The idea for new large-scale outdoor sculpture in the historic district downtown, however, came from Paul Tsongas. Having lived and worked around Washington, D.C., for many years, he admired the profound national monuments and lively street sculpture in the capital city. He noticed how much his young daughters enjoyed seeing and engaging with artworks. Lowell could benefit from a little of this, he decided. Tsongas had good instincts on the cultural side, but he was the first to admit he had a lot to learn about contemporary art. He was as serious about culture as he was about energy and economics. In May 1984, Executive Director Faust of the Lowell Historic Preservation Commission introduced him to the Commission’s new cultural affairs director. Tsongas fixed his eyes on me: “Are you taking my job? Don’t screw up.”—and then he grinned.

. . . .

—Paul Marion, 2014


UMass Lowell South Campus

Photo by Tony Sampas

“No on Question 1″ by John Edward

John Edward teaches economics at Bentley and UMass Lowell. He’s a frequent contributor of columns on economic issues.

Question 1: A YES VOTE would eliminate the requirement that the state’s gas tax be adjusted annually based on the Consumer Price Index.

Proponents of question 1 observe that under current law the gas tax will automatically increase with inflation. They claim this will happen without a vote in the legislature.

The legislature did vote. The legislature took action to improve the state’s ability to maintain our vital transportation infrastructure. The legislature properly identified an on-going need to fix and maintain roads and bridges. They acted accordingly.

The legislature was pro-active. This is a good thing. Too often our elected leaders are reactive. Often they react too late.

Indeed, that is the case here. Prior to increasing the gas tax by 3 cents per gallon, it had been 21 cents per gallon since 1991. In the past two decades, the purchasing power of gas tax revenue has decreased by a third, auto fuel efficiency has improved by a third, and the cost of maintaining roads and bridges has increased by well over a third.

Proponents of question 1 refer to the gas tax as the “forever tax” because it will increase with inflation. Have they never heard of the sales tax?

When prices go up we pay more in sales taxes. When incomes go up we pay more in income taxes. Current law automatically adjusts personal exemptions, standard deductions, and many other tax provisions for inflation.

When prices and incomes go up, paying for government services is more expensive. Accounting for that is good government. Basing the adjustment on the widely used Consumer Price Index (CPI) is reasonable.

Actually, using the CPI will result in a reduction in gas tax revenue in real terms. According to an MIT study, over the last forty years the cost of paving asphalt has increased by 50 percent more than the rate of inflation. In addition, automakers will continue to make cars more fuel-efficient.

Proponents of question 1 claim the gas tax will just continue to grow. It will, but most likely by very small amounts. Lately the CPI has been increasing at a rate of 2 percent per year. At the current rate of inflation, it would take two years for the gas tax to increase by one cent. After one year of adjusting for inflation, someone driving a Honda Fit 10,000 miles a year will have to pay an extra $1.25 over a full year.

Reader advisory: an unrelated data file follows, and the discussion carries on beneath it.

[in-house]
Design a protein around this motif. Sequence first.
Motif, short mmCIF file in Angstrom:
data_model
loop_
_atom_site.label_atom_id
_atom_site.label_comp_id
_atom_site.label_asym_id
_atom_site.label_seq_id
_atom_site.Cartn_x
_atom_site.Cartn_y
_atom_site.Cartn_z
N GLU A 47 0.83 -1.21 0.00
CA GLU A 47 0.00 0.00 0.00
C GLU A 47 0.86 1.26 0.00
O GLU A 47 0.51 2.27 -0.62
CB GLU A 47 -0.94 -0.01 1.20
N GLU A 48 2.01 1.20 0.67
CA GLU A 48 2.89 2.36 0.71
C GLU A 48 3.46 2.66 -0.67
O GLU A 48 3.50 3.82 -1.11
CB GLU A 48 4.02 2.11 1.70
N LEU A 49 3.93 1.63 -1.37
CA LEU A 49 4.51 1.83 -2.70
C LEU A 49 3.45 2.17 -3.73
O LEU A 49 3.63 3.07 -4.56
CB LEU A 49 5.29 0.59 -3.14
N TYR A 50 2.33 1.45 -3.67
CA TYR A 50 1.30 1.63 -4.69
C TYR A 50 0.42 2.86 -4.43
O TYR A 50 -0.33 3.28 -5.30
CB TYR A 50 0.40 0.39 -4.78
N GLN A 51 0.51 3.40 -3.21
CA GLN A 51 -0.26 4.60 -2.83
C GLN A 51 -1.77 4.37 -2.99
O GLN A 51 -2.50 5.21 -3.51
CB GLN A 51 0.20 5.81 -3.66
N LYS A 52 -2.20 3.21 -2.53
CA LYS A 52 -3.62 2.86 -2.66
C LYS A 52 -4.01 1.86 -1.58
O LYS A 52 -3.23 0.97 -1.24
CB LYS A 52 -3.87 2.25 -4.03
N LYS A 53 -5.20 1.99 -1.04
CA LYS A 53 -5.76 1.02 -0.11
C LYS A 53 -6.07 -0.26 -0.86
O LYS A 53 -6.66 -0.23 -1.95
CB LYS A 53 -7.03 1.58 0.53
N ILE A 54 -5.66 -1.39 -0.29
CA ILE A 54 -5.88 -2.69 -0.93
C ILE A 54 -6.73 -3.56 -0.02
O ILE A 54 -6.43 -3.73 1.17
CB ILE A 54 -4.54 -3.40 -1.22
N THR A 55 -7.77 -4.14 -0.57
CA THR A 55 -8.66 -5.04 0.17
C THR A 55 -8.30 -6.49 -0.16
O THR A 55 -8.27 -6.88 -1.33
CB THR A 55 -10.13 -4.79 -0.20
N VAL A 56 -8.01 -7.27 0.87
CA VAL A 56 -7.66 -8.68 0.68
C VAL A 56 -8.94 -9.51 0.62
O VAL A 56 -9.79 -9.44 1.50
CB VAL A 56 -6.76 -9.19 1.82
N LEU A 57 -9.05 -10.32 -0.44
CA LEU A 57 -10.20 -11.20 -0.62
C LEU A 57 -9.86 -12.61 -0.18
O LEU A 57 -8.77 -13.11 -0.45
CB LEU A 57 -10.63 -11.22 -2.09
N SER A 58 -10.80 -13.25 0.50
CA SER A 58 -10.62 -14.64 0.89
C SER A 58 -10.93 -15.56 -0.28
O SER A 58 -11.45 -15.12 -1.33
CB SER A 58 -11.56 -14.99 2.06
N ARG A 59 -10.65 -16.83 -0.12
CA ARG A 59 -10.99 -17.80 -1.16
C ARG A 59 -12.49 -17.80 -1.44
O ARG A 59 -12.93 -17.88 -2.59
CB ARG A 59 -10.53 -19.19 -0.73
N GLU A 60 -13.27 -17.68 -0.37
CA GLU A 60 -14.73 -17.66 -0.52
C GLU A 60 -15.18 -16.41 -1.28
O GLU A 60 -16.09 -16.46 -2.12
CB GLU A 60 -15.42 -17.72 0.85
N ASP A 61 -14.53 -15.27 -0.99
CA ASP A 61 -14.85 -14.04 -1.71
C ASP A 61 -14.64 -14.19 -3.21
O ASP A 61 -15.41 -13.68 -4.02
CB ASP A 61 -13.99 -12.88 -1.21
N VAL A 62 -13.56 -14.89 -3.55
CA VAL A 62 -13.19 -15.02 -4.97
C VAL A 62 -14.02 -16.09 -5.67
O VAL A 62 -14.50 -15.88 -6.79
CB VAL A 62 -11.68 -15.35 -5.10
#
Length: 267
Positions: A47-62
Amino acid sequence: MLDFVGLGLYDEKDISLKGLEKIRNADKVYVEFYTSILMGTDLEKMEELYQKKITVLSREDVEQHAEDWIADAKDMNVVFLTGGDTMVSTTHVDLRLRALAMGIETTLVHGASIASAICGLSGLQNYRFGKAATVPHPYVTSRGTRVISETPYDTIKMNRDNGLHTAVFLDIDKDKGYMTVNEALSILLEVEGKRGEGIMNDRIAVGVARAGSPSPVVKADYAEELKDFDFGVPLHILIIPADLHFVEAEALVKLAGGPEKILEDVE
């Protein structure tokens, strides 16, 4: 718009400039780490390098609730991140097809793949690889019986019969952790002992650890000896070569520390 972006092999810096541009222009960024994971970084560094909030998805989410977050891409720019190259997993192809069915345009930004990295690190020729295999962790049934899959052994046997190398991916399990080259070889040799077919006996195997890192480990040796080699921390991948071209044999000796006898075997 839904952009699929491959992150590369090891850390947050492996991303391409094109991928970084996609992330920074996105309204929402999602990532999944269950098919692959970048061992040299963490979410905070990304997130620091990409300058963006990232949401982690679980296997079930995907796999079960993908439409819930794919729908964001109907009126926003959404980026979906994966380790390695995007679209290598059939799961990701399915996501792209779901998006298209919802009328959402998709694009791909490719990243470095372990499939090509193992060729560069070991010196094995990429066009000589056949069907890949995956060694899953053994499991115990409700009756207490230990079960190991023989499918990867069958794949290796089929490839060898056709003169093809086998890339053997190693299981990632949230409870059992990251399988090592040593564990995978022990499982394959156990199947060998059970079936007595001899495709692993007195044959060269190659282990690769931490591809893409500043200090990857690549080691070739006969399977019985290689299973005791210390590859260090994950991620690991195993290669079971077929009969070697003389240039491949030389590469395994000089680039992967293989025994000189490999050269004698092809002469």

According to a study out of New Hampshire, the average car owner pays $323 dollars a year in repair costs due to bad roads. The gas tax is a classic example of a benefits-received tax. Gas tax dollars go to improving the roads we rely on.

Even after the most recent increase in the gas tax, Massachusetts is right in the middle of the pack among states in taxing auto fuel. Maine, Vermont, Connecticut, and Rhode Island have higher gas taxes. At the current inflation rate, it will take almost half a century for our gas tax to catch up with California’s.

Proponents of question 1 are making the absurd claim of taxation without representation. We have representation. We elected our representatives. They passed the legislation. They passed legislation that reflects reality, anticipates change, and demonstrates leadership.

In 2004 the state created the Massachusetts Transportation Finance Commission. Their report, published in 2007, was, in their own words “dire” as they concluded: “The Massachusetts transportation system is in deep financial trouble because we have not faced up to the reality of how much it costs to preserve the system.”

This past May the Governor signed a Transportation Bond Bill. It authorized borrowing of $12.7 billion over 5 years. As observed by the Finance Commission, the reliability of revenue used to pay off the debt influences our bond rating. Without a gas tax indexed for inflation the revenue is less reliable. If rating agencies lower our bond rating the state will end up paying a lot more for bridge and road repair.

In the last few years the Massachusetts Department of Transportation has made significant progress in reducing the number of structurally deficient bridges. Yet, we still have well over 400 of them.